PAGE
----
Given new attempts by the U.S. to create economic integration structures that will restrain Chinese dominance in the region, Beijing is working on building deeper economic cooperation with other Asia-Pacific countries – including Russia.

Chinese Premier Li Keqiang (7th R) attends the releasing ceremony of a joint statement on the Regional Comprehensive Economic Partnership (RCEP) Negotiations in Kuala Lumpur, Malaysia, Nov. 22, 2015. Photo: Xinhua

In the face of growing competition from the U.S. for the right to play the leading role in the economic growth of Asia-Pacific, China now views the promotion of the Regional Comprehensive Economic Partnership (RCEP) as a key strategic priority. Moreover, the recent aggravation of China’s relations with its regional partners has only added a sense of urgency to economic integration.

The Regional Comprehensive Economic Partnership is a proposed free trade agreement (FTA) between the 10 member states of the Association of Southeast Asian Nations (ASEAN) - Brunei, Myanmar, Cambodia, Indonesia, Laos, Malaysia, the Philippines, Singapore, Thailand and Vietnam - and the six partner states with which ASEAN has existing FTAs (Australia, China, India, Japan, South Korea and New Zealand).

Officially, ASEAN and the six dialogue partners announced the start of negotiations on RCEP in August 2012 in Cambodia during the 44th meeting of the ASEAN economic ministers. However, the initial stage of the formation of the multilateral economic initiative took place in the late 1990s.

The Asian financial crisis of 1997­–1998 had a serious negative impact on the socio-economic development of most regional states. Under those conditions, ASEAN’s key task as coordinator of the integration initiatives in Asia-Pacific was finding the ways to minimize the effects of the financial crisis. The members of the Association were perfectly aware that it was impossible to achieve that goal without active support from the more developed regional countries  - Japan, China and South Korea.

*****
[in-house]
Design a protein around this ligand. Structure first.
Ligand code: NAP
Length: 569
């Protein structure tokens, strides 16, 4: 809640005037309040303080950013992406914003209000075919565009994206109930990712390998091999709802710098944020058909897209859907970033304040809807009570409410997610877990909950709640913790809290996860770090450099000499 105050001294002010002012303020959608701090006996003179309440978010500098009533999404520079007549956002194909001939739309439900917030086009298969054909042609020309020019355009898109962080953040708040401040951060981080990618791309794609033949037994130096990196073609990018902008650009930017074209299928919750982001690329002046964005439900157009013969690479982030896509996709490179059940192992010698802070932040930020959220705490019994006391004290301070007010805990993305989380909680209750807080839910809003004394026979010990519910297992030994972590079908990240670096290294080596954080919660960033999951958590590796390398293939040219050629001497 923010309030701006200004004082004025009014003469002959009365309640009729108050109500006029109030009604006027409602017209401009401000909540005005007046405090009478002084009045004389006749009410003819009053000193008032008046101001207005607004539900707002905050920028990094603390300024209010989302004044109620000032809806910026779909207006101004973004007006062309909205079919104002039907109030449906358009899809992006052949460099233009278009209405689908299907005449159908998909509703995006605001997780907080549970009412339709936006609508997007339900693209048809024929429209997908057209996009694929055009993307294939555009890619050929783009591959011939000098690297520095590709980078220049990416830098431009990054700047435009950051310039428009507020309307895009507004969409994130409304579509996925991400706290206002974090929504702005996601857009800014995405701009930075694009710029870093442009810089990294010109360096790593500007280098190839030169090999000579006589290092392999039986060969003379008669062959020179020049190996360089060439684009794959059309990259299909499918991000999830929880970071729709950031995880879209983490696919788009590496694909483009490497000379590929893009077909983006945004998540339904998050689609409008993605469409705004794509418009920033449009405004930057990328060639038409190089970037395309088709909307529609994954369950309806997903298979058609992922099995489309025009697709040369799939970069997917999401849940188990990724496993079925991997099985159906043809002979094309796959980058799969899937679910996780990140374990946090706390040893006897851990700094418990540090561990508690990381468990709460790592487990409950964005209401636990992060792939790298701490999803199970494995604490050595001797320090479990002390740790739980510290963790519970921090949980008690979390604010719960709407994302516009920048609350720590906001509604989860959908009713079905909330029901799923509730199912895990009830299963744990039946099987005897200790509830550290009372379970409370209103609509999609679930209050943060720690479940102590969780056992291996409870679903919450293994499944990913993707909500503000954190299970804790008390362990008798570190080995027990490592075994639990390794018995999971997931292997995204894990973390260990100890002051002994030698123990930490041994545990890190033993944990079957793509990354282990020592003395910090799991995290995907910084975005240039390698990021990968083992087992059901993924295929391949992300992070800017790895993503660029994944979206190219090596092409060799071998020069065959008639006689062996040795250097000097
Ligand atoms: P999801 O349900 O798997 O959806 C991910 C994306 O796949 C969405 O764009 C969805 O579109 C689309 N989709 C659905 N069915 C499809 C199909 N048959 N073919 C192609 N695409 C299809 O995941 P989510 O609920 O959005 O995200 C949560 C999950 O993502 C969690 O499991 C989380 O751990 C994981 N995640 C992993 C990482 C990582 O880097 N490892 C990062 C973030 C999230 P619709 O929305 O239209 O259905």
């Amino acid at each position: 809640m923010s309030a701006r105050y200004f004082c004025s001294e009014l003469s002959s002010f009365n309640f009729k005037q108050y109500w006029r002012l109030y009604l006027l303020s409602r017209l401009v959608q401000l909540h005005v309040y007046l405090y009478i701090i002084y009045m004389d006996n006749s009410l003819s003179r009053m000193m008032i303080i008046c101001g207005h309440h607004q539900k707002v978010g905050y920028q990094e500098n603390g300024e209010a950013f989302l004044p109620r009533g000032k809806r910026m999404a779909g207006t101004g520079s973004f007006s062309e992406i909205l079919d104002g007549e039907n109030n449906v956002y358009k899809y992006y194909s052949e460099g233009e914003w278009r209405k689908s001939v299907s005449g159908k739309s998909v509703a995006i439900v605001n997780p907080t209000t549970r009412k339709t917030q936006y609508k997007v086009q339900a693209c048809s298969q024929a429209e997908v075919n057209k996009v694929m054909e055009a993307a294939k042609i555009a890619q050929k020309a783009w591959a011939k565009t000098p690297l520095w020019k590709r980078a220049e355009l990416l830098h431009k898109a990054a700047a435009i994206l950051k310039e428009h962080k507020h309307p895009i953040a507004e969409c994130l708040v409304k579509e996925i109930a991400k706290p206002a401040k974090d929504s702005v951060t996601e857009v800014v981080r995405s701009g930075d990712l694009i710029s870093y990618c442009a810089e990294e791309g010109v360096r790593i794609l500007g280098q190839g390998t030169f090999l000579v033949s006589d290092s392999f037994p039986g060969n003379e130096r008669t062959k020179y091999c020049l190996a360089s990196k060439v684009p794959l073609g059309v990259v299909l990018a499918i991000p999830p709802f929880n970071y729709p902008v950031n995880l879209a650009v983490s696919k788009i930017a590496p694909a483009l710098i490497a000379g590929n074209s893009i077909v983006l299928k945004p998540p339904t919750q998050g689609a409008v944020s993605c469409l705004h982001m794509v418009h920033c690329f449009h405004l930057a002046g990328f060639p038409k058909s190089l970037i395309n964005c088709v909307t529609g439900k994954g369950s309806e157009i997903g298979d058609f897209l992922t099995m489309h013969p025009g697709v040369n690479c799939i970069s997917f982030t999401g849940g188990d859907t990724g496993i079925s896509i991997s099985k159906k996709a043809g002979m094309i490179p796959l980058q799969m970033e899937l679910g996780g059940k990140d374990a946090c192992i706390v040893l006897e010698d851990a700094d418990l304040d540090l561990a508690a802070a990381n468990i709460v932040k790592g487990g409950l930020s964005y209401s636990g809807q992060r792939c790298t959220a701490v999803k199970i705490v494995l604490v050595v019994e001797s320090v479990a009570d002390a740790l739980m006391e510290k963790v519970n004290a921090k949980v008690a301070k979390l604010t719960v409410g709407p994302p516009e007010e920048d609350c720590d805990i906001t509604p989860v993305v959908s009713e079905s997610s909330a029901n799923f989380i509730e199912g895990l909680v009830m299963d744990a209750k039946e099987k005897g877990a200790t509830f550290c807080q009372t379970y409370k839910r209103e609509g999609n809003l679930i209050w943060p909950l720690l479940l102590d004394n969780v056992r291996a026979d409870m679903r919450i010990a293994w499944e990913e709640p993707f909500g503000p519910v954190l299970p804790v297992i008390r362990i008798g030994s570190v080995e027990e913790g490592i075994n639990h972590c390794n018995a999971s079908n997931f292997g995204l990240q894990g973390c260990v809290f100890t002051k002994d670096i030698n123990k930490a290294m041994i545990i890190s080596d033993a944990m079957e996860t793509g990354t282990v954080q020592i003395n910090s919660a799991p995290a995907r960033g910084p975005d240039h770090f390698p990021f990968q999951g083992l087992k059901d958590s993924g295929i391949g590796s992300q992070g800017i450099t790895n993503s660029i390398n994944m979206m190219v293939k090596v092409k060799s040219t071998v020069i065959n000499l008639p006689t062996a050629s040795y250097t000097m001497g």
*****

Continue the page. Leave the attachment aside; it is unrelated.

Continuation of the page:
The first step was the formation of East Asia Free Trade Area (EAFTA), which was propelled forward by China in 2001. The launch of that project gained immediate support from ASEAN members such as Malaysia, which viewed the EAFTA as an effective mechanism for overcoming the economic recession and building up comprehensive cooperation with the countries of Northeast Asia.

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China viewed the mechanism of ASEAN+3 as a “pivot” and key channel of cooperation in East Asia. [ASEAN+3 includes the 10 members of ASEAN, plus China, Japan and South Korea – Editor’s note] The gradual strengthening of Beijing’s positions in Asia-Pacific foreign policy nourished the Chinese leadership’s ambition to play a leading part in the newly established East Asia Summit (EAS). China attempted to mold the main directions and work principles of the new dialogue platform primarily according to its own interests. China’s lack of interest in gradual expansion of the EAS membership is also very indicative.

Therefore, initially China viewed the RCEP as a tool to enhance its role in the economic and regional processes during a transition period for most Asia-Pacific nations. Using the mechanism of the ASEAN+3 partnership, Beijing also hoped to implement specific foreign policy goals.

RCEP as an alternative to the American world order